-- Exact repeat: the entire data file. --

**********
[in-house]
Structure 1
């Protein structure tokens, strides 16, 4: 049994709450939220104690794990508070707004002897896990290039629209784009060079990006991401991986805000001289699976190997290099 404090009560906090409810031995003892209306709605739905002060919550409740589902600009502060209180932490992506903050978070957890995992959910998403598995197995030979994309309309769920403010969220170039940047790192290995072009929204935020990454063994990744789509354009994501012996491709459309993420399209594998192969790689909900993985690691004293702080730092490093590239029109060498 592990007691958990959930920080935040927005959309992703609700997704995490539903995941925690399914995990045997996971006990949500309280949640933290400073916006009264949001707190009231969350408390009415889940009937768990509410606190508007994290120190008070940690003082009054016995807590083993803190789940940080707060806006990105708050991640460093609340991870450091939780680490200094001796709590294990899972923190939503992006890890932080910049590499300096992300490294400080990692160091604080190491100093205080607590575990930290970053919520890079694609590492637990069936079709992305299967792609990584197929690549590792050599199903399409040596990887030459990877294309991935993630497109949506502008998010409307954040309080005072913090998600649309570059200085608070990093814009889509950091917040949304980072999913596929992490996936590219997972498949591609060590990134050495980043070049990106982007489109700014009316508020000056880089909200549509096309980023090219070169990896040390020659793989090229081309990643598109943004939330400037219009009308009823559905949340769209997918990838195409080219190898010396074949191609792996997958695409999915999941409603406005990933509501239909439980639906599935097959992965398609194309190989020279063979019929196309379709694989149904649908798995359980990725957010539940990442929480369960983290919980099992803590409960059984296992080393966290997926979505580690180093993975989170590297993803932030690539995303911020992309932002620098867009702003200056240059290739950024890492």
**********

[in-house]
Structure 1
């Protein structure tokens, strides 16, 4: 049994709450939220104690794990508070707004002897896990290039629209784009060079990006991401991986805000001289699976190997290099 404090009560906090409810031995003892209306709605739905002060919550409740589902600009502060209180932490992506903050978070957890995992959910998403598995197995030979994309309309769920403010969220170039940047790192290995072009929204935020990454063994990744789509354009994501012996491709459309993420399209594998192969790689909900993985690691004293702080730092490093590239029109060498 592990007691958990959930920080935040927005959309992703609700997704995490539903995941925690399914995990045997996971006990949500309280949640933290400073916006009264949001707190009231969350408390009415889940009937768990509410606190508007994290120190008070940690003082009054016995807590083993803190789940940080707060806006990105708050991640460093609340991870450091939780680490200094001796709590294990899972923190939503992006890890932080910049590499300096992300490294400080990692160091604080190491100093205080607590575990930290970053919520890079694609590492637990069936079709992305299967792609990584197929690549590792050599199903399409040596990887030459990877294309991935993630497109949506502008998010409307954040309080005072913090998600649309570059200085608070990093814009889509950091917040949304980072999913596929992490996936590219997972498949591609060590990134050495980043070049990106982007489109700014009316508020000056880089909200549509096309980023090219070169990896040390020659793989090229081309990643598109943004939330400037219009009308009823559905949340769209997918990838195409080219190898010396074949191609792996997958695409999915999941409603406005990933509501239909439980639906599935097959992965398609194309190989020279063979019929196309379709694989149904649908798995359980990725957010539940990442929480369960983290919980099992803590409960059984296992080393966290997926979505580690180093993975989170590297993803932030690539995303911020992309932002620098867009702003200056240059290739950024890492």